Okay, I get how full-time travellers support themselves. They get sponsorships, volunteer in exchange for accommodation, they teach English, work odd jobs, travel slowly, they sell photography and ebooks, make a bit of money freelancing or from their blog… but for those that have been doing it for years – I’m talking about at least 2 or 3 years, I’m wondering… how are they saving for the future?
Clearly this is me being nosy. But don’t you wish they would talk about their finances? In fact, not only do I wish travel bloggers would talk about money, but I wish full-time travel fashion/style bloggers would as well. Seriously. I just love reading budgets and financial reports – which is why I do monthly goals and weekly spending recaps. :)
I’m sure that some travellers out there are making it work because their careers are location independent. But what about the majority of the full-time travellers? The ones who pick up the odd job working on a farm or serving at a bar – saving enough money to get through the next few months of travel, before they have to get a job again.
Most full-time travel bloggers talk about money in the now – how much it cost them to do something, how to find work while travelling, or how much income they need each year to keep on travelling. But very few (I haven’t found any) full-time travel bloggers talks about money in the future. Especially the ones who have plans to travel the world “forever.” I want to know how sustainable full-time travel really is. Because sure, you can likely scrimp and get by for quite a while, but I don’t consider that “sustainable” because you’re essentially living hand to mouth.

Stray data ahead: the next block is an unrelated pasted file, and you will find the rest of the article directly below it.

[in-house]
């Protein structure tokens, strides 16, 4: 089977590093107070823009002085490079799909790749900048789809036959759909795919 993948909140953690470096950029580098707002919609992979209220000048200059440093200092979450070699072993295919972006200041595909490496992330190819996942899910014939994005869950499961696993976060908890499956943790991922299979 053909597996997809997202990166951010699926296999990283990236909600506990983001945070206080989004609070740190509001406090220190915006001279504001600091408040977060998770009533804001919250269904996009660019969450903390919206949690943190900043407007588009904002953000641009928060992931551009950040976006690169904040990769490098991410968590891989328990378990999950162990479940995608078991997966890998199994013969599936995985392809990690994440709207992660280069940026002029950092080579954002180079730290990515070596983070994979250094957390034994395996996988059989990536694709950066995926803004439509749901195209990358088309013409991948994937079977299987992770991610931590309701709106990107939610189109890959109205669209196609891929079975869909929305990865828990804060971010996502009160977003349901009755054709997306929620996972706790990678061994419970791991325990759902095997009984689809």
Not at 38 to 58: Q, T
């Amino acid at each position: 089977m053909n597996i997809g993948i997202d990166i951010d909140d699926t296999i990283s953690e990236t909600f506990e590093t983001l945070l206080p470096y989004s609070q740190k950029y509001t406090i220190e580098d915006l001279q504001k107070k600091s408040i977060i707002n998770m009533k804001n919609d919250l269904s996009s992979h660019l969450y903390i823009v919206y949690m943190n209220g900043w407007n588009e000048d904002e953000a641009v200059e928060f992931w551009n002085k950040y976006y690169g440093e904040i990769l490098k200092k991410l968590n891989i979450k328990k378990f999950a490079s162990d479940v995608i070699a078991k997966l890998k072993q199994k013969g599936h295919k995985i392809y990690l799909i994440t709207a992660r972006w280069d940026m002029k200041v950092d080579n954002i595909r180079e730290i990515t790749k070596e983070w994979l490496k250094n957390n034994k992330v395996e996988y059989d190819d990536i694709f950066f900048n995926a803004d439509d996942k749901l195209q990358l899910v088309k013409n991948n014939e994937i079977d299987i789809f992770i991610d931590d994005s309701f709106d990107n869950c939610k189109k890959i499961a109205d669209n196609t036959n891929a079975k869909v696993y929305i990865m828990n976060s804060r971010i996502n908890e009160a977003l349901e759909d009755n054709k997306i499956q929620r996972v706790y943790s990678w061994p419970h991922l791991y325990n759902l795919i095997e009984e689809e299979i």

Because, eventually most travellers will have to stop moving, settle down, and resume a somewhat normal life at a certain point, right? I mean, they can’t keep moving and backpacking until they’re 90, can they? How will their children go to school? What about an emergency fund in case they injure themselves, or can’t make enough money to support themselves? How will they fund their forever travelling lifestyle when they can no longer work and are essentially “retired” from the workforce?
This is something I’ve been thinking about over the past few months, and I’m genuinely curious. After spending the last year in Europe, I liked having a “home base” to look forward to coming back to after each getaway. I don’t think I could ever be a full-time traveller. While I think I made a decent living, my priorities lean too far in the other direction. I truly admire those that can make a life out of travelling, and I’m intrigued by the financial aspect behind their everyday lives, as well as their plans for the future. But the PF blogger in me wants to see numbers! Is traveling “forever” actually possible, while also saving for retirement?
Do you ever find yourself wishing travel (or fashion) bloggers would post real budgets/numbers/plans? Or am I the only nosy one around here… :)
In the summer, I posted my mid-year travel expense total. It was a really good snapshot of how much I’ve spent, broken down by category… and it made me realize that I couldn’t keep spending at the pace that I was going.
Changes needed to be made, and I had to cross some trips off my list. If you click through to the old expense total, you will see that upcoming trips included Ireland, Scotland, and Bulgaria. Well those got scrapped in favour of spending more time in Turkey, an additional trip to France, and a trip to Oktoberfest in Munich (both relatively cheap b/c they’re close to Stuttgart). My Iceland trip got put on hold, but that will be happening in about 3 weeks because I was able to get a free stopover on my way home to Vancouver, and my accommodation is being sponsored.
Here is my updated travel expense total (click to make bigger):
So you’ll see that I will have traveled a total of 78 days in 2012, for a rolling total cost of €7,127.13 or $9,071.41.
Of course, I still have to factor in the cost of Cologne and Reyjavik. Cologne will be relatively inexpensive as we are only there to check out the Christmas market – and any presents that I buy aren’t reflected in my travel expenses. Reyjavik will likely be costly, but I haven’t booked anything yet, so it’s all up to me.